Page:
Amber teething necklaces – myth or magic??

Diaper rash + rosy cheeks + irritability + excessive drooling + chomping on anything that comes close to the face + sleepless nights + fever = teething. Every baby will go through it and although  some don’t even get fazed by it most babies will show some sign that they are getting their first chomper.

Kellan (my 2 yr old) got a high fever and was super irritable while on holidays when he was 6 months old. Typically he is relaxed and easy going so I wasn’t surprised when a little white bud poked through. I am not a huge fan of dosing my kids up with Tylenol/Advil so I did some research and bought an amber teething necklace. I am not going to lie I was a little skeptical…. how can a string of amber beads (that looks cute) actually provide teething relief?! Well it worked! He never was fazed by another tooth coming through again. Magic.

Myles is showing some teething signs (eating everything that come into his reach) I popped on the necklace this week!

So I am guessing you have some questions about these ‘magic’ amber teething necklaces

What is amber and how does it work?

–  Amber is not a stone or mineral but get this it’s actually fossilized tree ‘juice’…not sap but a thick liquid that turns into a transparent solid that has succinic acid (this is the magic) in it . Amber is a natural pain reliever that has been used for centuries. It warms up against babes skin and releases its healing medicine ‘magic’- a natural anti-inflammatory.  It is also great to help amp up the immune system to fight off other common infections.

Are they safe?

–  Each bead on the necklace has a knot before and after it- so if a bead does fall off it will only be one. They are small enough that it likely won’t cause choking – you will just get a nice little gift in the next diaper change ;). The clasp is made out of an amber/plastic screw so if there is enough pressure it will open (unlike a metal clasp). So- like anything it is up to you if you want your babe to sleep with it on. In my opinion they are as safe as necklaces can come but if it makes you feel better why don’t you put it on babes ankle?

Does the ‘magic’ wear off?

– If you take proper care of it – wash it with warm water, take it off when swimming in chlorine pools etc, it will last years. It is ‘living’ so the magic will not stop working!

check out the clasp and if you look close enough you can see little knots before and after each bead

Do they chew it?

–  Nope. No chewing required. I still recommend a good teething ring so babe can take their aggression out on something ;). Myles loves the new lanco natural rubber apple teether (check it out)!

Does it matter which colour of necklace I buy?

– Like anything natural, no two beads are exactly alike. All of the different colours have the same calming effect so just pick the one that you think is the cutest!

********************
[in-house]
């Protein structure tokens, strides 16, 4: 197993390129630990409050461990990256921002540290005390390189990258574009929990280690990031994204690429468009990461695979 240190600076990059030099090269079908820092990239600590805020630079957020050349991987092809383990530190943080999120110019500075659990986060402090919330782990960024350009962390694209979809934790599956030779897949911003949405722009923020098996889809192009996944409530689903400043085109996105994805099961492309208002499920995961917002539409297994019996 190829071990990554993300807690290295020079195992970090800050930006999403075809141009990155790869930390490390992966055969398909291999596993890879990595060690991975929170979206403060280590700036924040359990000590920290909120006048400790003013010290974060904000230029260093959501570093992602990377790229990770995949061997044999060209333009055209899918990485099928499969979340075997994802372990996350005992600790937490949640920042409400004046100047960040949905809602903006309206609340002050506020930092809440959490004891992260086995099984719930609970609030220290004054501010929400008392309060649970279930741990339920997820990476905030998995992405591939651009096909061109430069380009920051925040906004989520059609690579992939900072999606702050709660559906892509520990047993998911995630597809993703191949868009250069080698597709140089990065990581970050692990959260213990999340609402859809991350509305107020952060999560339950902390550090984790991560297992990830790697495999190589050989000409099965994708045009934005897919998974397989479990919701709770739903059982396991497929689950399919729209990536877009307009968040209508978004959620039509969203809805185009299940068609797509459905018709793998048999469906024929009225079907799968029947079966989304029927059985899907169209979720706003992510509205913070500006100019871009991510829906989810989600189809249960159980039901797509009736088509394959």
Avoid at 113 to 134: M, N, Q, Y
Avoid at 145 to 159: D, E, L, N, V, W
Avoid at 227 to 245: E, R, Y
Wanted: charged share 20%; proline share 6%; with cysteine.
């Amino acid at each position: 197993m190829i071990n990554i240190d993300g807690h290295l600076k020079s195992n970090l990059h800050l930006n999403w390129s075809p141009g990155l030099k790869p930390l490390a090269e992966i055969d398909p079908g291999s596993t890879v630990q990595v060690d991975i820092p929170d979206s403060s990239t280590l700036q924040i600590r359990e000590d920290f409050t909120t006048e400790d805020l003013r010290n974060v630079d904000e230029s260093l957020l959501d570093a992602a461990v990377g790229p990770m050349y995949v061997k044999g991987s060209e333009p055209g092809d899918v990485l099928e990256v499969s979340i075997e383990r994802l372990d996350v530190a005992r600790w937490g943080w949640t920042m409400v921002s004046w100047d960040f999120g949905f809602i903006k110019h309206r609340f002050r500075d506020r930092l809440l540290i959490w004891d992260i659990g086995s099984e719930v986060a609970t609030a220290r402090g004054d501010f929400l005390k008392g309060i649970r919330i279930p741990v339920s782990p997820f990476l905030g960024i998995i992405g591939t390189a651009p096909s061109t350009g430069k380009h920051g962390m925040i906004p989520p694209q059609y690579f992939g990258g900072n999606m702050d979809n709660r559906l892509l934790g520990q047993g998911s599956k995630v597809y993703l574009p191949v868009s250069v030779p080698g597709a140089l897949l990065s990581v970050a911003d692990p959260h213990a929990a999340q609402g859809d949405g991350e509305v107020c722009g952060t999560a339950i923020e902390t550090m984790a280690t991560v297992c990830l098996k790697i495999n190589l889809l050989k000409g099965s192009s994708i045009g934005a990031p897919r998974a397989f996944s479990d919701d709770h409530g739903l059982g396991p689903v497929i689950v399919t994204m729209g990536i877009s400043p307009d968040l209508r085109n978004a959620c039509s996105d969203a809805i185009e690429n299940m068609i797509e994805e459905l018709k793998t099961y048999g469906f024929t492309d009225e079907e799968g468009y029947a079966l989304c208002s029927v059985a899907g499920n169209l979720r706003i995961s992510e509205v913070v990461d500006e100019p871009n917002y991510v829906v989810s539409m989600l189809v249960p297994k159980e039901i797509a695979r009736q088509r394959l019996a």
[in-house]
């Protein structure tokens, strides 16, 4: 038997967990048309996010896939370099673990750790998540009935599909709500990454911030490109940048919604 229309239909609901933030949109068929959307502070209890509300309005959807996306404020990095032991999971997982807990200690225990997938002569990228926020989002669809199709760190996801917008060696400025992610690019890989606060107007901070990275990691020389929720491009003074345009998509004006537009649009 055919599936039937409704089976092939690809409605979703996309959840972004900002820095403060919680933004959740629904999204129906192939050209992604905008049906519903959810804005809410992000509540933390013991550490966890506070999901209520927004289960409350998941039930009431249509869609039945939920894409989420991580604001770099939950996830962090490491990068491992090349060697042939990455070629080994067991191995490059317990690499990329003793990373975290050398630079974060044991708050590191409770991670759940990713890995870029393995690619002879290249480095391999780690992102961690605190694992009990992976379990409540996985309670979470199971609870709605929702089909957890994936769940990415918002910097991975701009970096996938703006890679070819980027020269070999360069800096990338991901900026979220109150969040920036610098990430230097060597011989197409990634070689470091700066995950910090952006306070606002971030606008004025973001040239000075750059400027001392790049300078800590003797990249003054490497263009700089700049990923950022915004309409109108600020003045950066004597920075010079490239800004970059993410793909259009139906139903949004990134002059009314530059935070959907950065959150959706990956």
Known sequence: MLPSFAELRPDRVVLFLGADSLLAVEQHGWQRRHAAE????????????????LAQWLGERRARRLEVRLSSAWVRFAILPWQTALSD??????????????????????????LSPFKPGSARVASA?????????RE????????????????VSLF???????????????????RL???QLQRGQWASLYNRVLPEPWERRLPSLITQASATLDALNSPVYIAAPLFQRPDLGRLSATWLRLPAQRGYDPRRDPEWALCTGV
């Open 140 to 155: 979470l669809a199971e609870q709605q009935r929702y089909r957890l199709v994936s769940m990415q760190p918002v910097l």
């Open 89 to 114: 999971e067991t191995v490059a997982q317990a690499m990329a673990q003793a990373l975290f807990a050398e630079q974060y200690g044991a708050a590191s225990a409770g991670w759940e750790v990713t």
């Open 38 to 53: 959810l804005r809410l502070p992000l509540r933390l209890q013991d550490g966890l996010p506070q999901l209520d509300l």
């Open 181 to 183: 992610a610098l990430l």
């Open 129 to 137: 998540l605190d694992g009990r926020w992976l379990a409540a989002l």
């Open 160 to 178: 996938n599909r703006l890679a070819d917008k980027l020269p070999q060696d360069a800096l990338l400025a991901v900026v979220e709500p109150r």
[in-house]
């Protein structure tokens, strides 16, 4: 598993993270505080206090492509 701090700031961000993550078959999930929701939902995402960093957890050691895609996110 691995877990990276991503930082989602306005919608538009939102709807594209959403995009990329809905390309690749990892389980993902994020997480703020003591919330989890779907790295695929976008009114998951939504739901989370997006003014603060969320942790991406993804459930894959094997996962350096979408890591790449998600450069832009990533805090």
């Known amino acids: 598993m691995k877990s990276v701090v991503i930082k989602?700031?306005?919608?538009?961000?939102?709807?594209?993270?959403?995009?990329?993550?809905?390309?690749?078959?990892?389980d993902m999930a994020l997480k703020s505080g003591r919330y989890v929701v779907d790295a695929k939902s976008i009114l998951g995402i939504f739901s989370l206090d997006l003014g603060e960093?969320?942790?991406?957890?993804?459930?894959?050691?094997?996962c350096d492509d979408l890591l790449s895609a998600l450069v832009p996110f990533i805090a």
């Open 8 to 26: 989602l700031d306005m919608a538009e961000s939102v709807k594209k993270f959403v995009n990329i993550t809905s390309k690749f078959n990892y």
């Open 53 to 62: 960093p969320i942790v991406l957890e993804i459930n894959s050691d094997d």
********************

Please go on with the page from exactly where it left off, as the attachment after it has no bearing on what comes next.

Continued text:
Is it comfy to wear?

– Both of my boys have never tugged on it or seemed bothered by it. It is super light-weight and not sharp so I would say ‘yes’ it is very comfy. I bet your little one wouldn’t even know that they are wearing it!

So I am curious what you think- are you planning to jump aboard the amber necklace train? Do you love your ‘magic necklace’? Or do you have more questions?? Let me know your thoughts! :)

About Lydia

My name is Lydia and I am a momma (still can’t believe that)! My husband and I recently upgraded to be a family of four. We have two precious boys- Kellan (a chatty 2.5 year old) and Myles (a feisty 8 month old)- life sure is busy but we wouldn't change it for the world! I have been working in the baby industry for the past 5 years so when asked if I would be interested in doing some product blogging while on mat leave I couldn’t resist! I am hoping to help all the mommas (& dads) out there who want honest, reliable information in the crazy world of baby products- enjoy! check out my blog at
This entry was posted in Product Reviews and tagged , , , , , , . Bookmark the permalink.
  • Jen

    We bought one of the Amber necklaces because we didn’t want to give our little guy medicine, and sadly it didn’t work at all!! We thought we’d give it a try after trying the Hazelwood and not having it work, but it had no effect either. Sadly $20 for each necklace down the drain :(

    • Tabitha

      Try homeopathic medicine! It worked so well for both of my kids because I won’t give them actual medicine, either. We used both Boiron and Homecan :)

      • bushwah

        “I won’t give them actual medicine”

        What will you give them when they get, oh, meningitis or strep throat?


        My grandmother’s first child died of a throat infection at the age of 18 months, because the actual medicine (penicillin) was not discovered until a few years later, and she could do nothing for two weeks but wait for him to die.

        If she were still here, she would shake you silly. Of course, you already are.

  • Tara-Lynn

    My son Rhys has been wearing his amber necklace since he was a couple months old and he his now 17 months. I must say I love it! He has all but his last four remaining molars and he’s never once drooled, been overly irritable, or had any sleepless nights and has never had a major diaper rash! Most of his teeth I didn’t even notice where coming in until one day they were there. The only teeth he had a problem with was his first four molars but I cake that up to the fact they are bigger and all four came at the same time.

  • Tirk97

    Amber necklaces are popular in Switzerland with all babies. My sister in law used one for both her children and has sent one for our baby boy. At 4.5mths, he is now putting everything into his mouth but is not irritable at all. I guess we will see what happens and how well it works further down the road. I’ve also been told to wash it in freezing cold water once in a while and to place it on a window sill during a full moon to recharge the power of the stones.

  • Leelee

    I got one for my first daughter and wow what a difference it made!! Definatly a firm believer and just order a second one for my second daughter!! <3 amber teething necklaces!!!